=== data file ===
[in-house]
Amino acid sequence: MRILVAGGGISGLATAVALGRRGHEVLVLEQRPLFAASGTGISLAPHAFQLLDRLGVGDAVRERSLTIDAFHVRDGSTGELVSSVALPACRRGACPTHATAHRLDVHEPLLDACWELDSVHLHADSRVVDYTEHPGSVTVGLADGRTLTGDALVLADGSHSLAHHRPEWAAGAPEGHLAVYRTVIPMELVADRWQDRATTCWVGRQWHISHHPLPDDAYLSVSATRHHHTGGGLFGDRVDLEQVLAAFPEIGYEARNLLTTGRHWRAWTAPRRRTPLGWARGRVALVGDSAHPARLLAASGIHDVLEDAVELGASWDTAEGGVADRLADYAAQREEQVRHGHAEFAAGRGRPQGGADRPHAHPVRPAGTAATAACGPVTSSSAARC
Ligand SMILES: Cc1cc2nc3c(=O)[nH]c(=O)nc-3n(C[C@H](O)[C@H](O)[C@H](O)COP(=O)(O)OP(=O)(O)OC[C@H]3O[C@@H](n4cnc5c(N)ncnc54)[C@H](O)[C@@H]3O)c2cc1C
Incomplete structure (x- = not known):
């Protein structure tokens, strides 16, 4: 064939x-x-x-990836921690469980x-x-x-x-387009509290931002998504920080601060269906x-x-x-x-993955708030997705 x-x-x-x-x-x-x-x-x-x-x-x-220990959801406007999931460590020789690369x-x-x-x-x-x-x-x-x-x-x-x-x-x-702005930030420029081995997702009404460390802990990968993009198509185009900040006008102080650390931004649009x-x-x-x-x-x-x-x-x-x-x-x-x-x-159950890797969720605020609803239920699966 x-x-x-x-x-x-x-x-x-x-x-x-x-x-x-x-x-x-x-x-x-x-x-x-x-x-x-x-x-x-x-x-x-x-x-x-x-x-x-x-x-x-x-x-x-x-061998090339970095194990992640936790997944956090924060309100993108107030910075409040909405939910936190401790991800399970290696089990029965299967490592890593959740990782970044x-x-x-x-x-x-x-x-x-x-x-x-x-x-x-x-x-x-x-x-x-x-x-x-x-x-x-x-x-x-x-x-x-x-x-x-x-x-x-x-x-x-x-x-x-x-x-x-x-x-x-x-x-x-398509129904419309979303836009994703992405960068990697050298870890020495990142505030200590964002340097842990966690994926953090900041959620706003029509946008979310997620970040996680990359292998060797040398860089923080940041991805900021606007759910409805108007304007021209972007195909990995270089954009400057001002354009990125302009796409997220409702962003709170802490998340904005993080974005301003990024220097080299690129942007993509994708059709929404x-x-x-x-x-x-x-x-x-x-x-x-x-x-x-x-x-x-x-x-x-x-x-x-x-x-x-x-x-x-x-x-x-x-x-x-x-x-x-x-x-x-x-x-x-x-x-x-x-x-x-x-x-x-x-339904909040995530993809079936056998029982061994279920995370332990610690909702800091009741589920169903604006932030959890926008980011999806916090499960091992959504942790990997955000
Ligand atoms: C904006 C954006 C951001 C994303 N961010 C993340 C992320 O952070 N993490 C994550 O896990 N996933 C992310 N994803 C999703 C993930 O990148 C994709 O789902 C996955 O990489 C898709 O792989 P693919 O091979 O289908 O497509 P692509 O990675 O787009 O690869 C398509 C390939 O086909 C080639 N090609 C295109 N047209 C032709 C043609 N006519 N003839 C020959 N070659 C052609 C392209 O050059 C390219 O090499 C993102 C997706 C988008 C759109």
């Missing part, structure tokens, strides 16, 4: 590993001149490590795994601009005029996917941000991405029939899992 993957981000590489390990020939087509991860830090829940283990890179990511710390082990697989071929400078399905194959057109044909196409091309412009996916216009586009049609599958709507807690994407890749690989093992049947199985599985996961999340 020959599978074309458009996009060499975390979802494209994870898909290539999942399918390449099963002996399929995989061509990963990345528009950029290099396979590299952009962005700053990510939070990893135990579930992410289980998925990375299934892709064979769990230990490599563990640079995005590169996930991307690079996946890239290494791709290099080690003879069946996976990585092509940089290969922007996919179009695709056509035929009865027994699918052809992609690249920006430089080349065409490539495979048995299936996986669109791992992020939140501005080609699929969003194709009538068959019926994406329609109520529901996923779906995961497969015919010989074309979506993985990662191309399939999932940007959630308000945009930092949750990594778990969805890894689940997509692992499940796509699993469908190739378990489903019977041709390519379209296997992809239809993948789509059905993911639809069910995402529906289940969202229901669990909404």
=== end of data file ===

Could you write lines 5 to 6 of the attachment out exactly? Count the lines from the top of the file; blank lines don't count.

């Protein structure tokens, strides 16, 4: 064939x-x-x-990836921690469980x-x-x-x-387009509290931002998504920080601060269906x-x-x-x-993955708030997705 x-x-x-x-x-x-x-x-x-x-x-x-220990959801406007999931460590020789690369x-x-x-x-x-x-x-x-x-x-x-x-x-x-702005930030420029081995997702009404460390802990990968993009198509185009900040006008102080650390931004649009x-x-x-x-x-x-x-x-x-x-x-x-x-x-159950890797969720605020609803239920699966 x-x-x-x-x-x-x-x-x-x-x-x-x-x-x-x-x-x-x-x-x-x-x-x-x-x-x-x-x-x-x-x-x-x-x-x-x-x-x-x-x-x-x-x-x-x-061998090339970095194990992640936790997944956090924060309100993108107030910075409040909405939910936190401790991800399970290696089990029965299967490592890593959740990782970044x-x-x-x-x-x-x-x-x-x-x-x-x-x-x-x-x-x-x-x-x-x-x-x-x-x-x-x-x-x-x-x-x-x-x-x-x-x-x-x-x-x-x-x-x-x-x-x-x-x-x-x-x-x-398509129904419309979303836009994703992405960068990697050298870890020495990142505030200590964002340097842990966690994926953090900041959620706003029509946008979310997620970040996680990359292998060797040398860089923080940041991805900021606007759910409805108007304007021209972007195909990995270089954009400057001002354009990125302009796409997220409702962003709170802490998340904005993080974005301003990024220097080299690129942007993509994708059709929404x-x-x-x-x-x-x-x-x-x-x-x-x-x-x-x-x-x-x-x-x-x-x-x-x-x-x-x-x-x-x-x-x-x-x-x-x-x-x-x-x-x-x-x-x-x-x-x-x-x-x-x-x-x-x-339904909040995530993809079936056998029982061994279920995370332990610690909702800091009741589920169903604006932030959890926008980011999806916090499960091992959504942790990997955000
Ligand atoms: C904006 C954006 C951001 C994303 N961010 C993340 C992320 O952070 N993490 C994550 O896990 N996933 C992310 N994803 C999703 C993930 O990148 C994709 O789902 C996955 O990489 C898709 O792989 P693919 O091979 O289908 O497509 P692509 O990675 O787009 O690869 C398509 C390939 O086909 C080639 N090609 C295109 N047209 C032709 C043609 N006519 N003839 C020959 N070659 C052609 C392209 O050059 C390219 O090499 C993102 C997706 C988008 C759109």